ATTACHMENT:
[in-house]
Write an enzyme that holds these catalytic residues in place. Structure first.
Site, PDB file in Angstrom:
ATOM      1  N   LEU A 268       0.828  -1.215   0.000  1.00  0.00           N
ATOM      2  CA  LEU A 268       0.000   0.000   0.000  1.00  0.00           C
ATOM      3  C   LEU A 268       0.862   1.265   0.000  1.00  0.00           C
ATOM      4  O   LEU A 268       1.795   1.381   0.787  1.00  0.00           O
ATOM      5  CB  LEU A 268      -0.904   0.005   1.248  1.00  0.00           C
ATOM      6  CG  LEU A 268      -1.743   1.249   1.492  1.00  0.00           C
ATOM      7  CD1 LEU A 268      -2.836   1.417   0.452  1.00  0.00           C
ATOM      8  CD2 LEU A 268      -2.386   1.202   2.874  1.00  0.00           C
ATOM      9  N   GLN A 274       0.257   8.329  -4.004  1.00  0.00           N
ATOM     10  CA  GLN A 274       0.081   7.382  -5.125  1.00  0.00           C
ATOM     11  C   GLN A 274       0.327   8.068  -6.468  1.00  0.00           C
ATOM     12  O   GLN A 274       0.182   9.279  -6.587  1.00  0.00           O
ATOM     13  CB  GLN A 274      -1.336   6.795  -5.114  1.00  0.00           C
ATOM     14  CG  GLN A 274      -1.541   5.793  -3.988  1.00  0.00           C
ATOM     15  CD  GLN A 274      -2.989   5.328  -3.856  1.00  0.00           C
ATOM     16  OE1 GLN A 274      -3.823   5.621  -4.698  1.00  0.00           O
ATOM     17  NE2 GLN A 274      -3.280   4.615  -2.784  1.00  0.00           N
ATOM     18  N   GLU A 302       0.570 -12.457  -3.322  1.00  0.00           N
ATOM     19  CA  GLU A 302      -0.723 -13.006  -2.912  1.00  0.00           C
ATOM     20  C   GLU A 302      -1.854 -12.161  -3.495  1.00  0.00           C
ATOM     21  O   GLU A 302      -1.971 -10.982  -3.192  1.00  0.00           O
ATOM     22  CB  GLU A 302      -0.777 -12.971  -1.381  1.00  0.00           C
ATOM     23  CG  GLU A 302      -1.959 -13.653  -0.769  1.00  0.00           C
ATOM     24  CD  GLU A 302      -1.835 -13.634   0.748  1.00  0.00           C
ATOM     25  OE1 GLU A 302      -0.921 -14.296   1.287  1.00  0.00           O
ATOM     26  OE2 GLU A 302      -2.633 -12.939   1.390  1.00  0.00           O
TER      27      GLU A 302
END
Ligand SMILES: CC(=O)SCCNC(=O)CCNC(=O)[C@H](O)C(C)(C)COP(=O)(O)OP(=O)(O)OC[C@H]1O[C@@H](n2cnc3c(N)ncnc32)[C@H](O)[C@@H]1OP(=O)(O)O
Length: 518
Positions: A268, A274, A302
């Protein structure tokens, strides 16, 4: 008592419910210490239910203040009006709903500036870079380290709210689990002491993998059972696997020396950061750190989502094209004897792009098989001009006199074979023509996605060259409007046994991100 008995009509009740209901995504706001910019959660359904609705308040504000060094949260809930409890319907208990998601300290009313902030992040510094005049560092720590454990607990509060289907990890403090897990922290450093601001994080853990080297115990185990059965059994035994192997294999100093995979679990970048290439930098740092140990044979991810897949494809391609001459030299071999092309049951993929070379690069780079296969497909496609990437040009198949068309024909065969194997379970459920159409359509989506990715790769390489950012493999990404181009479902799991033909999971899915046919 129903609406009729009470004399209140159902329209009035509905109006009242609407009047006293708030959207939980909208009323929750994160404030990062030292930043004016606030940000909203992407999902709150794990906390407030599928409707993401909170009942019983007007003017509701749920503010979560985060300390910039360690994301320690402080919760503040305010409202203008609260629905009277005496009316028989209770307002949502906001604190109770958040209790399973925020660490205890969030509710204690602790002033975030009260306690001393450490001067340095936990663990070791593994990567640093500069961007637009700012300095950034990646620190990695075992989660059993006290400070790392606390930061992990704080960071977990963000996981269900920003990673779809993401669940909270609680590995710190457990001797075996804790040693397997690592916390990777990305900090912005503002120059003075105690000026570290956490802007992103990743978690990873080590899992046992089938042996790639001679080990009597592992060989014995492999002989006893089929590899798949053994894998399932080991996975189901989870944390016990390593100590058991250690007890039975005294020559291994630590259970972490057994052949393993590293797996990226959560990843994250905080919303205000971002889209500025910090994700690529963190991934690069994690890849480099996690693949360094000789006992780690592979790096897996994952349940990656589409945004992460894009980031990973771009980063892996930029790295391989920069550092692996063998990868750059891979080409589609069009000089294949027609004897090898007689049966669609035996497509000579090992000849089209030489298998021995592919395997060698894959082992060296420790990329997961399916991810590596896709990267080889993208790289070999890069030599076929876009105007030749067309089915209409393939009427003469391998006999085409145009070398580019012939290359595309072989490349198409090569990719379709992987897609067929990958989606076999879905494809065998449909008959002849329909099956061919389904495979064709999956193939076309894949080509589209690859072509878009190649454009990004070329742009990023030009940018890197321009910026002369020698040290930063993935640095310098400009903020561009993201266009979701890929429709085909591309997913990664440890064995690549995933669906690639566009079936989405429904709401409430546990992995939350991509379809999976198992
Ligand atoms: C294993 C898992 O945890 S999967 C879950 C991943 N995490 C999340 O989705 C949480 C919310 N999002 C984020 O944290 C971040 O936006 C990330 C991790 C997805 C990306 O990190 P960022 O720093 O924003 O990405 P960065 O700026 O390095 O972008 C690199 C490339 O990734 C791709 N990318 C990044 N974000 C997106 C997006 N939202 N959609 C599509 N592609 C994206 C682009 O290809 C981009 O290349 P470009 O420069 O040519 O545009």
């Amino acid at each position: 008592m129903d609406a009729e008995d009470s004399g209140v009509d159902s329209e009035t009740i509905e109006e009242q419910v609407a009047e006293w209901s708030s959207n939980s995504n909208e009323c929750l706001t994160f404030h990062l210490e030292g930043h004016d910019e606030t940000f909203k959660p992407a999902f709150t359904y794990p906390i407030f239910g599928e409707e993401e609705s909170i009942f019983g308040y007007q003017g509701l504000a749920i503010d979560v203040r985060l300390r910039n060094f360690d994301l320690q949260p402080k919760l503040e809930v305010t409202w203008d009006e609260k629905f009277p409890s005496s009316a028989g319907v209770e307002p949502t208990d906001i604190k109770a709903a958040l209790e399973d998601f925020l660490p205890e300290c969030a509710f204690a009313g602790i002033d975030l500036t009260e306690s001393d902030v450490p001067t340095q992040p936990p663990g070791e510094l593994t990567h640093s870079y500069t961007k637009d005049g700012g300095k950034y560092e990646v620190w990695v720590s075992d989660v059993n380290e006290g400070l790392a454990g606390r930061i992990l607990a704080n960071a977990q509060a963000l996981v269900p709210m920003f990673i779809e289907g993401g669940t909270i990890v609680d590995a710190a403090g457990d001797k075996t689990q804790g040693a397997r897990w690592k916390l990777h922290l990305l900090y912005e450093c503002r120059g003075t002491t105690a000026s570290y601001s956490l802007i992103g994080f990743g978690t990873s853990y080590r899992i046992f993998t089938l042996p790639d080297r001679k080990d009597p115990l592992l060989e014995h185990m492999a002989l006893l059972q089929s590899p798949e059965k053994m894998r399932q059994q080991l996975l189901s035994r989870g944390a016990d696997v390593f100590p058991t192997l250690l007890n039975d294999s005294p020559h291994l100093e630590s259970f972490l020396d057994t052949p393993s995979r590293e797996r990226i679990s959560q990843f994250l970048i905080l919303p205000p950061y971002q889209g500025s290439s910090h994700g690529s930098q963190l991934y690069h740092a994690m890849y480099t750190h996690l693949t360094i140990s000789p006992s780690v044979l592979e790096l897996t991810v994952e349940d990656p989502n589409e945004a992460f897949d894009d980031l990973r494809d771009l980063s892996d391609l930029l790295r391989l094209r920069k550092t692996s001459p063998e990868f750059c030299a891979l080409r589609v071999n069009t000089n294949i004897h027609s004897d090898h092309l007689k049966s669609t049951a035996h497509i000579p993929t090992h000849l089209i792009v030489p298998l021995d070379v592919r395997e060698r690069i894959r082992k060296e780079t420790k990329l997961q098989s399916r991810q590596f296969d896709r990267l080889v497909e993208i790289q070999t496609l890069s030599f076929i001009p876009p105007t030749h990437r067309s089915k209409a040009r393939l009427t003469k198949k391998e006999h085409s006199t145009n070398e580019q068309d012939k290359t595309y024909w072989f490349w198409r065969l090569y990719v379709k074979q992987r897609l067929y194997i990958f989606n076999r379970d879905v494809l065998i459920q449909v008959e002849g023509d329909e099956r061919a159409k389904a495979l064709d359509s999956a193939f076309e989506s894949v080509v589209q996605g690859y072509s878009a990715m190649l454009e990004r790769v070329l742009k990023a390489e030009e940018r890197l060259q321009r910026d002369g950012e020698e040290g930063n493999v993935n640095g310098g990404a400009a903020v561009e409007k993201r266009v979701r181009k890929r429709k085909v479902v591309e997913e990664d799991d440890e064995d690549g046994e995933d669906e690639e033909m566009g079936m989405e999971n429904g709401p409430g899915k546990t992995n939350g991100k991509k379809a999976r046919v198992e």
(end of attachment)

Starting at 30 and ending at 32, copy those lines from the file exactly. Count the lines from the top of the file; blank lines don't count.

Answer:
TER      27      GLU A 302
END
Ligand SMILES: CC(=O)SCCNC(=O)CCNC(=O)[C@H](O)C(C)(C)COP(=O)(O)OP(=O)(O)OC[C@H]1O[C@@H](n2cnc3c(N)ncnc32)[C@H](O)[C@@H]1OP(=O)(O)O